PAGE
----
Photo Credit: Press TV
Iranian Revolutionary Navy soldiers.

‘Khatam al Anbia,’ the construction division of the Iranian Revolutionary Guards Corps (IRGC), is about to become the wealthy magnate for a whole new corporate world in Iran.

The umbrella organization controls some 812 affiliated companies worth billions of dollars that up to this point have been sanctioned by the United States, the European Union and the United Nations as “proliferators of weapons of mass destruction.”


Sanctions against Khatam al Anbia will be lifted by the European Union eight years from now, according to Reuters, although the United States will allegedly maintain the company on its own sanctions list at that time.

The elite Quds force, which carries out overseas operations, and the IRGC Air Force and Missile command will also be de-listed in eight years, as will Bank Saderat Iran (BSI). All of these, however, will remain on the U.S. sanctions list because they have been accused of transferring funds to Hezbollah or Hamas, involvement in terrorist activities, or being “proliferators of weapons of mass destruction.”

It will make for a complex business picture; foreign corporations and those in the United States with foreign divisions will have to figure out how to conduct transactions without triggering a response from the American government.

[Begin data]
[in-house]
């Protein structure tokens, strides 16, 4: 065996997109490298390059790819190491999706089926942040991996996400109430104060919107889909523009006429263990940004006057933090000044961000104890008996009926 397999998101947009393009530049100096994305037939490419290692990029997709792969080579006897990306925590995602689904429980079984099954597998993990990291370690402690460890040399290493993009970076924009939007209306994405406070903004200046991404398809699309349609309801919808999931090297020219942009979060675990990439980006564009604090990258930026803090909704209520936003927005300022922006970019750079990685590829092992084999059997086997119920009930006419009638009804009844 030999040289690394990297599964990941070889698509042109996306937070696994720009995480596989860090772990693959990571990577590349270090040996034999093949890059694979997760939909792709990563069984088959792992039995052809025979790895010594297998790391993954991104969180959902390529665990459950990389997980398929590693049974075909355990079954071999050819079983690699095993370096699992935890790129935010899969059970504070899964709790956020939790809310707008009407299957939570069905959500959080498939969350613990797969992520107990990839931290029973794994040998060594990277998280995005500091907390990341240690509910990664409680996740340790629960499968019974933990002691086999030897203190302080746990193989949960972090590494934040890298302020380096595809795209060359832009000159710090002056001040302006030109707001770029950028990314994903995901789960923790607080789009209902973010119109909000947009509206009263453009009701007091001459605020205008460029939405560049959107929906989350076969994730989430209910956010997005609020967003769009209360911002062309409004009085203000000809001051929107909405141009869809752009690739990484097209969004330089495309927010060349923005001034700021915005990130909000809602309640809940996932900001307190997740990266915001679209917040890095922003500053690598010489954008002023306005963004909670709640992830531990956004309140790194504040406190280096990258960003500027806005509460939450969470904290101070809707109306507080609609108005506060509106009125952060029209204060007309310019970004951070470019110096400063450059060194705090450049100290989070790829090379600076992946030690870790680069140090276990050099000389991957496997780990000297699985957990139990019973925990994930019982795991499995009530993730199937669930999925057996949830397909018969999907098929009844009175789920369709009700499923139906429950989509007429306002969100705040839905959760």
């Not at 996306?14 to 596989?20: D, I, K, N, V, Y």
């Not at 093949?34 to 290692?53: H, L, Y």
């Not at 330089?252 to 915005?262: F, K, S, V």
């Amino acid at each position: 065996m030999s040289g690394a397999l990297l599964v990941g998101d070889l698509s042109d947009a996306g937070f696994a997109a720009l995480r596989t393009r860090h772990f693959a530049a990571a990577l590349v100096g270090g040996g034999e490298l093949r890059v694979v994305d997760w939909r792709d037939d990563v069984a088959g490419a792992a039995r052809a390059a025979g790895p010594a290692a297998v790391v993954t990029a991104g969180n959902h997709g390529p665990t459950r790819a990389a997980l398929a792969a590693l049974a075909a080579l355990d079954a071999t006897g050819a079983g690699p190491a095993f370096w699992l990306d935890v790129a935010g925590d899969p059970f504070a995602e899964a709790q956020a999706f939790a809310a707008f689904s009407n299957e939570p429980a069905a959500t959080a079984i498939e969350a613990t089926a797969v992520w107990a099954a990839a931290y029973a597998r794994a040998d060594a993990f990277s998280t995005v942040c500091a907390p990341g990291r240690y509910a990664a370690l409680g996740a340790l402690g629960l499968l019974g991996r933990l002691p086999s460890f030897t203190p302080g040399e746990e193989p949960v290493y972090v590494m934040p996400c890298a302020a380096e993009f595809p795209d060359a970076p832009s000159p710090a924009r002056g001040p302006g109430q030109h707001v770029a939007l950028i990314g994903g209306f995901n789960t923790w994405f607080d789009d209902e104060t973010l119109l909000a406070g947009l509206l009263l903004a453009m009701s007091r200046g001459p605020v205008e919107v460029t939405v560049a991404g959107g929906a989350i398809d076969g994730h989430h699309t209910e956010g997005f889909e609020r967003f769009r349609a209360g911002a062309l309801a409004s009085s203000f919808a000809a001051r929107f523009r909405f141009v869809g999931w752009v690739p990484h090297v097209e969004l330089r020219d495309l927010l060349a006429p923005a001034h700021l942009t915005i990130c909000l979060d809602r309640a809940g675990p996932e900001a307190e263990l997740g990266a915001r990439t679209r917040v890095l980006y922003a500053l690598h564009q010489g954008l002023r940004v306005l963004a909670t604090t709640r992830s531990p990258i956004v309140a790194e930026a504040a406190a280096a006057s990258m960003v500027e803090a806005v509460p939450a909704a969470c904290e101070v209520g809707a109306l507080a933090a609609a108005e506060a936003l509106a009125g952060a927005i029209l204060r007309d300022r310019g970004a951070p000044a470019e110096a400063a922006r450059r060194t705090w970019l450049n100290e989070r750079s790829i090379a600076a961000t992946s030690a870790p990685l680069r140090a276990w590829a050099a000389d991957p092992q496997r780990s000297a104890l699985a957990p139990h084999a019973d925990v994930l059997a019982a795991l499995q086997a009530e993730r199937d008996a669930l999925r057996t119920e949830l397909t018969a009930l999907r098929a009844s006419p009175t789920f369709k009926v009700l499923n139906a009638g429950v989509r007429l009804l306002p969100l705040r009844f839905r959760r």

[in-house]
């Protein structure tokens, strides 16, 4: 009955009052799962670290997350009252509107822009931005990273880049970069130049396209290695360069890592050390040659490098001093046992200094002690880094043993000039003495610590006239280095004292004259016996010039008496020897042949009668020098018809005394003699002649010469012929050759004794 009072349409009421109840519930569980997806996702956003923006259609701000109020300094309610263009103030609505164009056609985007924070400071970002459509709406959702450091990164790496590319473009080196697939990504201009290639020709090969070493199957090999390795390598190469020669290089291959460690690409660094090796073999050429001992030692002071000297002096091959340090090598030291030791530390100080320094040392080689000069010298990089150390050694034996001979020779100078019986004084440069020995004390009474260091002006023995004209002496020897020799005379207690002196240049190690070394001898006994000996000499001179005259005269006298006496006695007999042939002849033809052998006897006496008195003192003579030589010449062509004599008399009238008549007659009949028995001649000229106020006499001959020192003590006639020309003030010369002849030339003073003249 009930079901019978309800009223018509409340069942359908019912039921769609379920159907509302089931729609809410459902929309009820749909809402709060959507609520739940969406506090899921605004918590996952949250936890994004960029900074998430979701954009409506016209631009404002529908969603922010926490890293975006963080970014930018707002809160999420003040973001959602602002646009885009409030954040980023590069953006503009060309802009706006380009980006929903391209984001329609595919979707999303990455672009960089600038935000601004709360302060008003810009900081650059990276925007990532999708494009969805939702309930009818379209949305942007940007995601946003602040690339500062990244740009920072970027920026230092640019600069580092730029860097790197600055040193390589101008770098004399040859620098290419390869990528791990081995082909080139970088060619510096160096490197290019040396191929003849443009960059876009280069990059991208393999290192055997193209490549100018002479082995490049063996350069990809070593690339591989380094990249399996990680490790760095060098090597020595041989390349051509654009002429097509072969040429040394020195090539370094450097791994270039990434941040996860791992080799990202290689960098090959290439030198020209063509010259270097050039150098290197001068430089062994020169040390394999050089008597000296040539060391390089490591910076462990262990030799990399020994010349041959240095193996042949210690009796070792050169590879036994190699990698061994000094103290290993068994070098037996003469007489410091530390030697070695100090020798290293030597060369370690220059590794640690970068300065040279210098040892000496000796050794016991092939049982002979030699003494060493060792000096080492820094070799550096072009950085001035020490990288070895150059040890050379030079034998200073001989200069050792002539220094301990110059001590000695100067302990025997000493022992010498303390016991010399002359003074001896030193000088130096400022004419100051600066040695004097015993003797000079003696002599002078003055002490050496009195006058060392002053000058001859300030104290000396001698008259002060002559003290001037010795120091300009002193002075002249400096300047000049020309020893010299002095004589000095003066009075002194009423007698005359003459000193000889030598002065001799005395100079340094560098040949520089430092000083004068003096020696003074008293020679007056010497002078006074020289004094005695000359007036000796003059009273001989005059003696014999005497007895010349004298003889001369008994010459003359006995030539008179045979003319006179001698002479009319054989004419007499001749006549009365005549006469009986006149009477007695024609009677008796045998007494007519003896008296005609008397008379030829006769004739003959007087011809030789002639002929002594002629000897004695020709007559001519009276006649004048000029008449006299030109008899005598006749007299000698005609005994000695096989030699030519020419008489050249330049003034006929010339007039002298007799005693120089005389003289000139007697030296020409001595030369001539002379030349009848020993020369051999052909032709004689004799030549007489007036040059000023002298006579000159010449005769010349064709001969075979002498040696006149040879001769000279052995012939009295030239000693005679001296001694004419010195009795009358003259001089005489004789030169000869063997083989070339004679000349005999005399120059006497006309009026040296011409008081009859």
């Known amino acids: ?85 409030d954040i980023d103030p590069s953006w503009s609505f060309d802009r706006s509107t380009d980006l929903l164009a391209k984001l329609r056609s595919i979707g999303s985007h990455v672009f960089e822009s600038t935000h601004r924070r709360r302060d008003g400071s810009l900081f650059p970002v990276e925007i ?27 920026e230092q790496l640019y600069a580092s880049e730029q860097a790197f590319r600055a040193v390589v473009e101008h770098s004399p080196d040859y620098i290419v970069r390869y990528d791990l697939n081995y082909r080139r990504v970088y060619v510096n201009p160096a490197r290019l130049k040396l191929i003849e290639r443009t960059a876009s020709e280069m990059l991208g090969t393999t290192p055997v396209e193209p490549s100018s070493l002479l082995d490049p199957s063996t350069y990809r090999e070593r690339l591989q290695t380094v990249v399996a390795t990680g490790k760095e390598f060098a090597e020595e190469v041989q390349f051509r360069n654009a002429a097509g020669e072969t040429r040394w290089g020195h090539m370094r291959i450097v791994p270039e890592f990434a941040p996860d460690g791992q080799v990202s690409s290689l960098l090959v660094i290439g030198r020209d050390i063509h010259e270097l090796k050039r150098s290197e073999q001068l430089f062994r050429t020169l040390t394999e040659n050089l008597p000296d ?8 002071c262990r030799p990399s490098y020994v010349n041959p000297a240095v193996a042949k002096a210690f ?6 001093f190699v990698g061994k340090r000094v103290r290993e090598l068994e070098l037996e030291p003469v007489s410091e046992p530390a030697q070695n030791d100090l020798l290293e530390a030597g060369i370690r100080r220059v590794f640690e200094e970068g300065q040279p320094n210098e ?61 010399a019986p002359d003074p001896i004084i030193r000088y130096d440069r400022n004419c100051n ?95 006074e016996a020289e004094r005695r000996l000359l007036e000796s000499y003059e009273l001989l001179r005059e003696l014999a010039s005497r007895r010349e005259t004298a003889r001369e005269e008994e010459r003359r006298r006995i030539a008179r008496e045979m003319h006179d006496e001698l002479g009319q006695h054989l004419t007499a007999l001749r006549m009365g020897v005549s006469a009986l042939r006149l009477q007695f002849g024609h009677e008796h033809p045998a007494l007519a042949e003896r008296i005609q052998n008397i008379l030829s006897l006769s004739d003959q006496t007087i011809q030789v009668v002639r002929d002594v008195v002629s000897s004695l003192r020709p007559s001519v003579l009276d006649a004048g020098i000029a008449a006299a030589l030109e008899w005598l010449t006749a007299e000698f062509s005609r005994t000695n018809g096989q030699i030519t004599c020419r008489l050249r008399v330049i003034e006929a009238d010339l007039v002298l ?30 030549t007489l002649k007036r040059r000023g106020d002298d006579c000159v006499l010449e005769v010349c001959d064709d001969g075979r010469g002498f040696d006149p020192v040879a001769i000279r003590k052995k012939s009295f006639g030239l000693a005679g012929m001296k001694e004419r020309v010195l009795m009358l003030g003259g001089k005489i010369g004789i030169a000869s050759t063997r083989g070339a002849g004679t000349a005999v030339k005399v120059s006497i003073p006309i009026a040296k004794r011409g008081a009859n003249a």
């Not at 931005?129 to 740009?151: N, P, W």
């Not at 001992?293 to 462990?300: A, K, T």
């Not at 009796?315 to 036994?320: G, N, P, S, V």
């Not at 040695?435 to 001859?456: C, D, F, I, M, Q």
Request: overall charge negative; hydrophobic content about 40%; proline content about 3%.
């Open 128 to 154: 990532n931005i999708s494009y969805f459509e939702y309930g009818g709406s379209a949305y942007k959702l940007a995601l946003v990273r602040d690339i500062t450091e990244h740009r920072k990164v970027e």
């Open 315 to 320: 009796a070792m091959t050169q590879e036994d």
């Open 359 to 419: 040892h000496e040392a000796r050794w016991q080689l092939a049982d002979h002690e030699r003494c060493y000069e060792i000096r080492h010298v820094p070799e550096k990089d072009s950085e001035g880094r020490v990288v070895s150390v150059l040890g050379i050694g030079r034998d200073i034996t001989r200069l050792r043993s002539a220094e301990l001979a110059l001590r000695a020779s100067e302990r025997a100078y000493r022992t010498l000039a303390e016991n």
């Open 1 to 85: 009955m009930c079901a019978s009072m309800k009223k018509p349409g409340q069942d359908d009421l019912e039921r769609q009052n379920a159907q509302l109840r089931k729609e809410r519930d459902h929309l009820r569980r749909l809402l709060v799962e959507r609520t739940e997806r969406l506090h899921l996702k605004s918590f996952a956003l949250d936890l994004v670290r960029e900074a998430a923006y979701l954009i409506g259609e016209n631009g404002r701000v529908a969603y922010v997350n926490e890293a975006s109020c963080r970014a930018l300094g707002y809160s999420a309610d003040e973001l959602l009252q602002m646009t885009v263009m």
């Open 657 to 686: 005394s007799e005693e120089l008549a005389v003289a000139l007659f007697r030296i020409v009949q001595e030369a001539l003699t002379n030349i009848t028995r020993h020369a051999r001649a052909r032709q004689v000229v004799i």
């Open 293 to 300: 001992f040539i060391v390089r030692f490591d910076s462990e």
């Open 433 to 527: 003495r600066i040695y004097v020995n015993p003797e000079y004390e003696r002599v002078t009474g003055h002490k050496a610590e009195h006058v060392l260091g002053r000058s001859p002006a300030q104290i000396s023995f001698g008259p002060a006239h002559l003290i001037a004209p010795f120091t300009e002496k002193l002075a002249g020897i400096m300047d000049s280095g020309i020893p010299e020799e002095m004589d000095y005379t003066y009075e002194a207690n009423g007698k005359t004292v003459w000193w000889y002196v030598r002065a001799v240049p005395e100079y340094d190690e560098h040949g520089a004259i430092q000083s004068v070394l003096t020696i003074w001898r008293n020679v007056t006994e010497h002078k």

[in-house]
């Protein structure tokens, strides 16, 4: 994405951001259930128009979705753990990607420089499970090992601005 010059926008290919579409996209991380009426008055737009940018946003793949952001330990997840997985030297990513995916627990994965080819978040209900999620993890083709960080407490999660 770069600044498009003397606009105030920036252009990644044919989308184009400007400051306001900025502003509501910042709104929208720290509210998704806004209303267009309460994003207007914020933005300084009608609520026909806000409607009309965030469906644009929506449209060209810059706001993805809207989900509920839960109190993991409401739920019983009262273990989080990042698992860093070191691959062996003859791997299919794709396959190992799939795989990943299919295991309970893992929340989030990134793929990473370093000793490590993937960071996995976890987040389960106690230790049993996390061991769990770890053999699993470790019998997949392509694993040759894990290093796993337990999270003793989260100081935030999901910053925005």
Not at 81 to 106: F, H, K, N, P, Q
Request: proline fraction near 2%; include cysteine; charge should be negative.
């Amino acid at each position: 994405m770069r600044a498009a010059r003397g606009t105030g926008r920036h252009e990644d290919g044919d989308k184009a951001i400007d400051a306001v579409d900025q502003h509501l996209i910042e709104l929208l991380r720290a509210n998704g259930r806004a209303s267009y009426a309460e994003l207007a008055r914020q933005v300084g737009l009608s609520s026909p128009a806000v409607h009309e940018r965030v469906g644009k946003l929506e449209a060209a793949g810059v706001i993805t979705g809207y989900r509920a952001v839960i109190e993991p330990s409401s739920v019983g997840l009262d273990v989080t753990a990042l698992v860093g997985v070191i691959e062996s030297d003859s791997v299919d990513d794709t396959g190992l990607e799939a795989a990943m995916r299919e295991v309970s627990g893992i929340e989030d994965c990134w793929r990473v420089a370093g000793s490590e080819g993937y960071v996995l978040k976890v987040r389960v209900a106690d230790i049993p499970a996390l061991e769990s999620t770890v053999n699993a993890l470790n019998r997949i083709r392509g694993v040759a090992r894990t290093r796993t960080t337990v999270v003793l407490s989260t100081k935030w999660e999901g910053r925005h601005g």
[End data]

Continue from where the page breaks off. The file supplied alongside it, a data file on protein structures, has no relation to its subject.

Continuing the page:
Other companies will be immediately freed of EU sanctions on the day the deal is enacted, within the next year and will be able to “move money through global banks ,access the SWIFT financial system, obtain and extend credit,” according to mark Dubowitz, executive director of the Foundation for Defense of Democracies.

Due to the way business and government is now structured in Iran, any company that wants to do business with Iranian firms will eventually end up having to do business with the IRGC, numerous analysts have said.

U.S. National Intelligence director James Clapper said at an Aspen Institute security forum last month, “They’ve been funded anyway, even with the sanctions regime.” However, he said, that funding was limited. “I don’t think it’ll be a huge windfall for them.”


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Hana Levi Julian is a Middle East news analyst with a degree in Mass Communication and Journalism from Southern Connecticut State University. A past columnist with The Jewish Press and senior editor at Arutz 7, Ms. Julian has written for, and other media outlets, in addition to her years working in broadcast journalism.